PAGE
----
If 25 mile rides were "nothing" then we wouldn't have vet checks because the horse wouldn't be working hard enough or long enough to warrant it. But the fact is, we have 3 vet checks, for a REASON.

.


We always had just one at the 12-15 mile mark. That and a 30 minute hold. You will have to come to Ontario to buy your next endurance horse. We breed them tougher here.:)

Auventera Two
Jun. 9, 2008, 01:14 PM
You are totally missing the point, as usual. I didn't say that I cannot ride 25 miles because it's too hard. I said that a lot can happen TO THE HORSE in 25 miles. Hell it could happen in 5 miles also. You have to use common sense and good judgement on 25 miles the same as you do on 100 miles. That's all I was saying. You saying a horse never needs electrolytes, or you don't need to do do ANYTHING at all different for a 25, may not be the best advice FOR THE HORSE depending on the conditions surrounding that 25 miles.

No, it's nothing to get "worked up over." All I said is that the horse MIGHT need elytes or probiotics, or whatever, depending on that particular horse, the speed, the trail, etc. That's not getting "worked up." It's just having common sense and doing what you have to do to protect the horse and keep him safe.

Auventera Two
Jun. 9, 2008, 01:15 PM
We always had just one at the 12-15 mile mark. That and a 30 minute hold. You will have to come to Ontario to buy your next endurance horse. We breed them tougher here.:)

So you never had a pre-ride vet in, or a post-ride vetting plus the customary one at the halfway, equaling 3 total for the entire ride? Interesting.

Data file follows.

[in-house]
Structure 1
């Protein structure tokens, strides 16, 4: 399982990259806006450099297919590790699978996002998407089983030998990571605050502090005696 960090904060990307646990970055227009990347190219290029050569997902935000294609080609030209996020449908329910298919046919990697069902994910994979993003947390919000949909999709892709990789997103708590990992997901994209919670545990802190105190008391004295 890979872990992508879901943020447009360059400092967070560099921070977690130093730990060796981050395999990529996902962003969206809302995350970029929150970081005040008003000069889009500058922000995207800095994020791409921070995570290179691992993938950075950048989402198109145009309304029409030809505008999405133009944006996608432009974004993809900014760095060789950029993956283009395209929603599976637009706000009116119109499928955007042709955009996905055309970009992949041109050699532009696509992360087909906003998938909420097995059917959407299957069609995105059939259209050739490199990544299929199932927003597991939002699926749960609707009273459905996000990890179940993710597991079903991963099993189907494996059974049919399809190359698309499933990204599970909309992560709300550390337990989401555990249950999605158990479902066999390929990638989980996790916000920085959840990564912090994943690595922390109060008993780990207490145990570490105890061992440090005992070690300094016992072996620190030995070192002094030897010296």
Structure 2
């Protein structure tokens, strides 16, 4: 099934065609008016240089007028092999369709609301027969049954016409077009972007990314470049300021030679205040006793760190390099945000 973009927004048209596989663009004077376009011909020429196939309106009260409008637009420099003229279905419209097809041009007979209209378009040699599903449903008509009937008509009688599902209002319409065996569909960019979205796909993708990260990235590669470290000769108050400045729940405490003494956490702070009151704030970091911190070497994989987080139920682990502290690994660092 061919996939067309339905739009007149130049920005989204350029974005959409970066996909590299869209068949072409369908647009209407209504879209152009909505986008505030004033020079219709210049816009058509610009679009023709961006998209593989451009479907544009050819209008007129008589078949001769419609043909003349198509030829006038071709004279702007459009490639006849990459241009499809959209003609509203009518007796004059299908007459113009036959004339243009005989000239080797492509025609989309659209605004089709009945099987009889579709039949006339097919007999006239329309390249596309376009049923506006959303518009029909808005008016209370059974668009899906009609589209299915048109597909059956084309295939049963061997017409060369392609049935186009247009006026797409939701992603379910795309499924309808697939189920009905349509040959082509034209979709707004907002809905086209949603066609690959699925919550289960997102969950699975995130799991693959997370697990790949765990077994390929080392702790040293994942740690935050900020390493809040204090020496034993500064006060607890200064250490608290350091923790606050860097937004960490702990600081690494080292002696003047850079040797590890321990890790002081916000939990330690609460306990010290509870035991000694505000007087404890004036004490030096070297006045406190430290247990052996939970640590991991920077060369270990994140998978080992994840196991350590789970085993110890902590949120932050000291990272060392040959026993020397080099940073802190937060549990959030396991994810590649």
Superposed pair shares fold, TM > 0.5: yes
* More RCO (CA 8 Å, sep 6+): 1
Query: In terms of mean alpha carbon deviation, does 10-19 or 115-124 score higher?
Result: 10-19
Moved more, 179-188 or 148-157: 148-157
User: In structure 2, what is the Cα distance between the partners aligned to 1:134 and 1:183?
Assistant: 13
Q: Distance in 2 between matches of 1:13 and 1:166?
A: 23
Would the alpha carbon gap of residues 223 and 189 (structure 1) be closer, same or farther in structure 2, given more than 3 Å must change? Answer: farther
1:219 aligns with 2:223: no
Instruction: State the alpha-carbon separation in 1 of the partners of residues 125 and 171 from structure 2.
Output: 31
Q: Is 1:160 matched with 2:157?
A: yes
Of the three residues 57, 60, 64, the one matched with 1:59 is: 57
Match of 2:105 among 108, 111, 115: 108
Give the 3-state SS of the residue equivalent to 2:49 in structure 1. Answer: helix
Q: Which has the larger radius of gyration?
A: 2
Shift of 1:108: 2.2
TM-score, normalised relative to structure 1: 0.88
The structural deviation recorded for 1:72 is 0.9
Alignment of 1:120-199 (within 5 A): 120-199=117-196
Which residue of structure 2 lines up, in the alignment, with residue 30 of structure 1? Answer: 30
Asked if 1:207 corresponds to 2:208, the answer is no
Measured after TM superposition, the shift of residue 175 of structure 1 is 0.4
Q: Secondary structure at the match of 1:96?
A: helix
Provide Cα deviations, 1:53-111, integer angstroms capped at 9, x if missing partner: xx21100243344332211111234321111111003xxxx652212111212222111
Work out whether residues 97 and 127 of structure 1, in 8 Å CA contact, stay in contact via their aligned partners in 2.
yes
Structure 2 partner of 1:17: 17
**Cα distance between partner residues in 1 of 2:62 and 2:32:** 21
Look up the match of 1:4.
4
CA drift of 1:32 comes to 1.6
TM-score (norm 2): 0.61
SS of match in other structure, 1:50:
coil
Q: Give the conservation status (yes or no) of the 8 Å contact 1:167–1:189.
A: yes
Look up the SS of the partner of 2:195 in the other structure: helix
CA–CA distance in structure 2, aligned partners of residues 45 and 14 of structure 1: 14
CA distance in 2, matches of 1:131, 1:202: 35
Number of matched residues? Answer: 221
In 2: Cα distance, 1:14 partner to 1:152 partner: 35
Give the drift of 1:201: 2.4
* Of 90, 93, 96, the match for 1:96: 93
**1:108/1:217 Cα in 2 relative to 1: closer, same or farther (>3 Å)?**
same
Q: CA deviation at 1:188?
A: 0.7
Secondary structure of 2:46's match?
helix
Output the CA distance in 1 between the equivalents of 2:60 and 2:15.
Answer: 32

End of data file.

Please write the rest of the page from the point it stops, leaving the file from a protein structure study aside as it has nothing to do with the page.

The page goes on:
Shadow14
Jun. 9, 2008, 01:44 PM
So you never had a pre-ride vet in, or a post-ride vetting plus the customary one at the halfway, equaling 3 total for the entire ride? Interesting.

Your right Vickey. We had a pre-ride and post ride inspection. I was mistaken. I just never thought about them.

As for electroyles I already posted in the past I used smooth apple sauce and a large syringe and gave him doses of electoryles in the apple sauce but not until the day of the ride and during the ride.
Drinking was never a problem and he tried to empty the water trough at every watering hole.

I repeat I never looked at 25 as that far and just considered it a nice trail ride in a new enviroment. I rode the horse up until 2 or 3 days before the ride to keep him from getting stale.
A 25 is a long way from a 100. If you have to worry about every little thing in just a 25 mile trail ride you are going to die when you hit a 100.:)

Auventera Two
Jun. 9, 2008, 02:17 PM
Oh for god sake Norval, it's not "worrying about every little thing." It's just doing what's right by the horse given the conditions and the circumstances. You should take care of your horse at 25 because at the end of it, the horse should be "fit to continue" meaning he could go out there and do another 25 or 50 or 75. If that means electrolytes, sponging, warming up, cooling down, then so be it. Each rider gives their own horse the care they think they need - even at the 25s.

BEARCAT
Jun. 9, 2008, 02:31 PM
I never realized people stopped riding so long ahead of time (6 days). Is that typical?

BarbeyGirl
Jun. 9, 2008, 02:50 PM